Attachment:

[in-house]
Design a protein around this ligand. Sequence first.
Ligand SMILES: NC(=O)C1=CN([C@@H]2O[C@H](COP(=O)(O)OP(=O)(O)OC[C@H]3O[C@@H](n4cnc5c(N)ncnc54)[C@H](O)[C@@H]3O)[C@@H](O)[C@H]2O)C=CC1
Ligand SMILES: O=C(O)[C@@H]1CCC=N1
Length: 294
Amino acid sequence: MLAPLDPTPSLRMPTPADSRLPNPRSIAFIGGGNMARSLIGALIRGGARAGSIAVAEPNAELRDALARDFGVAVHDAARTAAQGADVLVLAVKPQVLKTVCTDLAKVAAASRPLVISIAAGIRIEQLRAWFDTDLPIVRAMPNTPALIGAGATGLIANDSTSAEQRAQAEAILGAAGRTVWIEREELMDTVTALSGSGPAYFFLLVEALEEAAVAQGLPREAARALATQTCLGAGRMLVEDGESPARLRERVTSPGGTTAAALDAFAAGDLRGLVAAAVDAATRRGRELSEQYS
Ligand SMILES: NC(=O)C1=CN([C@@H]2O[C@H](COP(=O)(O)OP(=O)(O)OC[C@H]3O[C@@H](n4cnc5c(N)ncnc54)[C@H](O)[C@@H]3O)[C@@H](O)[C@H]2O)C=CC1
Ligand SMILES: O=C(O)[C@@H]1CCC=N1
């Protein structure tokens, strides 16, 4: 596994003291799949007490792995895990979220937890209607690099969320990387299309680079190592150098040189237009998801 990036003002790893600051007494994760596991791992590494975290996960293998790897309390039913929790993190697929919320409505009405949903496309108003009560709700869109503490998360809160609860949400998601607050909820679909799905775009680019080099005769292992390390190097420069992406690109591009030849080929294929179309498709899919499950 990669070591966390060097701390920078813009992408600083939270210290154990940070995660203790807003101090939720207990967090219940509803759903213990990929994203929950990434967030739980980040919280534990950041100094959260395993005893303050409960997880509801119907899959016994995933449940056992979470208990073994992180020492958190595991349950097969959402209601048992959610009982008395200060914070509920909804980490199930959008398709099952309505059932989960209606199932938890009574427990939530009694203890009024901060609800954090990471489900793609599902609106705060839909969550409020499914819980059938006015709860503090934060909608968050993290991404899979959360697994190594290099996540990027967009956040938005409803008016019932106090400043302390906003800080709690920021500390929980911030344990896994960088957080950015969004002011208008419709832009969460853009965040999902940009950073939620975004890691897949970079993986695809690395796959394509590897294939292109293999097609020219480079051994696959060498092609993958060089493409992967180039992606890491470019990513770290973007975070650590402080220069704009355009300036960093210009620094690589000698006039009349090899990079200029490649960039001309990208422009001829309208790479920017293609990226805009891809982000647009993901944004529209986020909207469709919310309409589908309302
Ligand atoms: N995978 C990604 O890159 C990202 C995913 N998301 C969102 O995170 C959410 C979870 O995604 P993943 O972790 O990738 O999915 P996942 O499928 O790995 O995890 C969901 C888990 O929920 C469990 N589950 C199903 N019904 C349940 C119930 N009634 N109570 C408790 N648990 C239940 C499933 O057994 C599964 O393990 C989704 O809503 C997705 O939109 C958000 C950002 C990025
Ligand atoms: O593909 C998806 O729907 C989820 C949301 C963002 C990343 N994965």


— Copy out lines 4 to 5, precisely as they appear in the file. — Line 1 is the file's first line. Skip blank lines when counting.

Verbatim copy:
Ligand SMILES: O=C(O)[C@@H]1CCC=N1
Length: 294